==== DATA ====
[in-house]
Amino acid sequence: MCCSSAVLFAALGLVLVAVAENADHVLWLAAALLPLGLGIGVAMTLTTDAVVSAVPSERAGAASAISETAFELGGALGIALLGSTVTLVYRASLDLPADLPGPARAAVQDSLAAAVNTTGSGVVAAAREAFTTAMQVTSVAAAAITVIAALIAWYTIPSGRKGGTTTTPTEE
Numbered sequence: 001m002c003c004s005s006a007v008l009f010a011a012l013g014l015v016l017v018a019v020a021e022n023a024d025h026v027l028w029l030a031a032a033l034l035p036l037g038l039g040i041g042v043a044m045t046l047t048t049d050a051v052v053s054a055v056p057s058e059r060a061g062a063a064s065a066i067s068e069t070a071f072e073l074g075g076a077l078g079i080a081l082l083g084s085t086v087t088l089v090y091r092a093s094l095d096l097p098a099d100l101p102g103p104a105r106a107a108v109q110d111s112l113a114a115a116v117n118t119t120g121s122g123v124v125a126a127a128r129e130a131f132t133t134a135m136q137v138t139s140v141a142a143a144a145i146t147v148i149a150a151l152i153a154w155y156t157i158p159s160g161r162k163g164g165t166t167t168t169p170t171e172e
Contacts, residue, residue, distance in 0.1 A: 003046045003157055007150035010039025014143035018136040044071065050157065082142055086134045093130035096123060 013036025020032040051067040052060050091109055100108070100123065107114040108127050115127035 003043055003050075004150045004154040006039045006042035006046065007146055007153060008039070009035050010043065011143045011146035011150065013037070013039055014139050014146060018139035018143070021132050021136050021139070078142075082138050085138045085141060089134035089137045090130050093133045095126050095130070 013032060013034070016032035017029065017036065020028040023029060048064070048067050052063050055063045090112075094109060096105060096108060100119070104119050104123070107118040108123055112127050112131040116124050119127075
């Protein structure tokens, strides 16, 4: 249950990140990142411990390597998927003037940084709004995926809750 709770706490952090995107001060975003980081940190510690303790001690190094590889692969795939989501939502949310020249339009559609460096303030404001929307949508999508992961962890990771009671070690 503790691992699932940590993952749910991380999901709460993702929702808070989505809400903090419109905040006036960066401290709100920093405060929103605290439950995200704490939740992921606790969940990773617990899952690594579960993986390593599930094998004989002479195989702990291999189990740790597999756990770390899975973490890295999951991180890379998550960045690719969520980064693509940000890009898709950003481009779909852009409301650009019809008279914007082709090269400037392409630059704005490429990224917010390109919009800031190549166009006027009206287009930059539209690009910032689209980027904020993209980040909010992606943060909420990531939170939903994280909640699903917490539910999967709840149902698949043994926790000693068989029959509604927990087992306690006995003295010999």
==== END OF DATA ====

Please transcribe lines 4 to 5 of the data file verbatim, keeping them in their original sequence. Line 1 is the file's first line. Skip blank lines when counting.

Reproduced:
Contacts, residue, residue, distance in 0.1 A: 003046045003157055007150035010039025014143035018136040044071065050157065082142055086134045093130035096123060 013036025020032040051067040052060050091109055100108070100123065107114040108127050115127035 003043055003050075004150045004154040006039045006042035006046065007146055007153060008039070009035050010043065011143045011146035011150065013037070013039055014139050014146060018139035018143070021132050021136050021139070078142075082138050085138045085141060089134035089137045090130050093133045095126050095130070 013032060013034070016032035017029065017036065020028040023029060048064070048067050052063050055063045090112075094109060096105060096108060100119070104119050104123070107118040108123055112127050112131040116124050119127075
């Protein structure tokens, strides 16, 4: 249950990140990142411990390597998927003037940084709004995926809750 709770706490952090995107001060975003980081940190510690303790001690190094590889692969795939989501939502949310020249339009559609460096303030404001929307949508999508992961962890990771009671070690 503790691992699932940590993952749910991380999901709460993702929702808070989505809400903090419109905040006036960066401290709100920093405060929103605290439950995200704490939740992921606790969940990773617990899952690594579960993986390593599930094998004989002479195989702990291999189990740790597999756990770390899975973490890295999951991180890379998550960045690719969520980064693509940000890009898709950003481009779909852009409301650009019809008279914007082709090269400037392409630059704005490429990224917010390109919009800031190549166009006027009206287009930059539209690009910032689209980027904020993209980040909010992606943060909420990531939170939903994280909640699903917490539910999967709840149902698949043994926790000693068989029959509604927990087992306690006995003295010999």